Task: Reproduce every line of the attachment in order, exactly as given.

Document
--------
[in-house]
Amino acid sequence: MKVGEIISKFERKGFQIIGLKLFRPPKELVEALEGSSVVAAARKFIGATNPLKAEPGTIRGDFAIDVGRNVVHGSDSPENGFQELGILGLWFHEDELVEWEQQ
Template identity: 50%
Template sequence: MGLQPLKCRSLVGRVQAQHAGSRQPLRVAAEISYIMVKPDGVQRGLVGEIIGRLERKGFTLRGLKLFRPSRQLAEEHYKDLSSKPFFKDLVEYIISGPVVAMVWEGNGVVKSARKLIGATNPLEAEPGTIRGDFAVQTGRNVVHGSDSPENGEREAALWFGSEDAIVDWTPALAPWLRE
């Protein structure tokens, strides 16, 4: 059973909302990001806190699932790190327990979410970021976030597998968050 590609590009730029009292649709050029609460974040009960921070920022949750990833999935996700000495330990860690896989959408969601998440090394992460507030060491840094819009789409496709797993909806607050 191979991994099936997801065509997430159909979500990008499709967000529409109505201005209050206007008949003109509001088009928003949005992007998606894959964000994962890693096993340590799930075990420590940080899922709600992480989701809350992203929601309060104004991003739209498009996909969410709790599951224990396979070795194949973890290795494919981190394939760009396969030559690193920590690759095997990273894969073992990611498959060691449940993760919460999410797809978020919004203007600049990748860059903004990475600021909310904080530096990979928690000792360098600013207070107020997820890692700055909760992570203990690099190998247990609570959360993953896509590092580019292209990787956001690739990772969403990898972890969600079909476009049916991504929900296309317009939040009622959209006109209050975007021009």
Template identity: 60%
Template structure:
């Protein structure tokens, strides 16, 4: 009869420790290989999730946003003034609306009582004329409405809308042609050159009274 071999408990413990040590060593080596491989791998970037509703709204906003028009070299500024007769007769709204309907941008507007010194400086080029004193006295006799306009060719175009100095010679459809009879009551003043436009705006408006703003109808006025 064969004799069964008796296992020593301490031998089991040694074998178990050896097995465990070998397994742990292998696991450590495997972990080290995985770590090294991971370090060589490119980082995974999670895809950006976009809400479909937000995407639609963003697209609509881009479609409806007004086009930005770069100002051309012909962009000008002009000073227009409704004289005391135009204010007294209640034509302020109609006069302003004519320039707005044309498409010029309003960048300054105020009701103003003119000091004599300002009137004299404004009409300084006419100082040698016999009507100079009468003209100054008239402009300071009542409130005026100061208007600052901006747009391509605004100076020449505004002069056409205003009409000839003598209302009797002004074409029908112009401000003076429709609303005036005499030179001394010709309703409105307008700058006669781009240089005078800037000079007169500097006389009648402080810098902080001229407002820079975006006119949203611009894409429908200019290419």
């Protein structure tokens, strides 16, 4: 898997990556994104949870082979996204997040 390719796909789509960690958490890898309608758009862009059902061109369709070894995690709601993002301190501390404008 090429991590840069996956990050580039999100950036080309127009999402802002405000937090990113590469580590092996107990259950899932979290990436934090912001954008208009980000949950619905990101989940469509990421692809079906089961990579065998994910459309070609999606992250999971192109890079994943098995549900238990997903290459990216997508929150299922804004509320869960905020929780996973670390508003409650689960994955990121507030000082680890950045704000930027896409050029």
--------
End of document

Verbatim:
[in-house]
Amino acid sequence: MKVGEIISKFERKGFQIIGLKLFRPPKELVEALEGSSVVAAARKFIGATNPLKAEPGTIRGDFAIDVGRNVVHGSDSPENGFQELGILGLWFHEDELVEWEQQ
Template identity: 50%
Template sequence: MGLQPLKCRSLVGRVQAQHAGSRQPLRVAAEISYIMVKPDGVQRGLVGEIIGRLERKGFTLRGLKLFRPSRQLAEEHYKDLSSKPFFKDLVEYIISGPVVAMVWEGNGVVKSARKLIGATNPLEAEPGTIRGDFAVQTGRNVVHGSDSPENGEREAALWFGSEDAIVDWTPALAPWLRE
């Protein structure tokens, strides 16, 4: 059973909302990001806190699932790190327990979410970021976030597998968050 590609590009730029009292649709050029609460974040009960921070920022949750990833999935996700000495330990860690896989959408969601998440090394992460507030060491840094819009789409496709797993909806607050 191979991994099936997801065509997430159909979500990008499709967000529409109505201005209050206007008949003109509001088009928003949005992007998606894959964000994962890693096993340590799930075990420590940080899922709600992480989701809350992203929601309060104004991003739209498009996909969410709790599951224990396979070795194949973890290795494919981190394939760009396969030559690193920590690759095997990273894969073992990611498959060691449940993760919460999410797809978020919004203007600049990748860059903004990475600021909310904080530096990979928690000792360098600013207070107020997820890692700055909760992570203990690099190998247990609570959360993953896509590092580019292209990787956001690739990772969403990898972890969600079909476009049916991504929900296309317009939040009622959209006109209050975007021009």
Template identity: 60%
Template structure:
């Protein structure tokens, strides 16, 4: 009869420790290989999730946003003034609306009582004329409405809308042609050159009274 071999408990413990040590060593080596491989791998970037509703709204906003028009070299500024007769007769709204309907941008507007010194400086080029004193006295006799306009060719175009100095010679459809009879009551003043436009705006408006703003109808006025 064969004799069964008796296992020593301490031998089991040694074998178990050896097995465990070998397994742990292998696991450590495997972990080290995985770590090294991971370090060589490119980082995974999670895809950006976009809400479909937000995407639609963003697209609509881009479609409806007004086009930005770069100002051309012909962009000008002009000073227009409704004289005391135009204010007294209640034509302020109609006069302003004519320039707005044309498409010029309003960048300054105020009701103003003119000091004599300002009137004299404004009409300084006419100082040698016999009507100079009468003209100054008239402009300071009542409130005026100061208007600052901006747009391509605004100076020449505004002069056409205003009409000839003598209302009797002004074409029908112009401000003076429709609303005036005499030179001394010709309703409105307008700058006669781009240089005078800037000079007169500097006389009648402080810098902080001229407002820079975006006119949203611009894409429908200019290419």
């Protein structure tokens, strides 16, 4: 898997990556994104949870082979996204997040 390719796909789509960690958490890898309608758009862009059902061109369709070894995690709601993002301190501390404008 090429991590840069996956990050580039999100950036080309127009999402802002405000937090990113590469580590092996107990259950899932979290990436934090912001954008208009980000949950619905990101989940469509990421692809079906089961990579065998994910459309070609999606992250999971192109890079994943098995549900238990997903290459990216997508929150299922804004509320869960905020929780996973670390508003409650689960994955990121507030000082680890950045704000930027896409050029």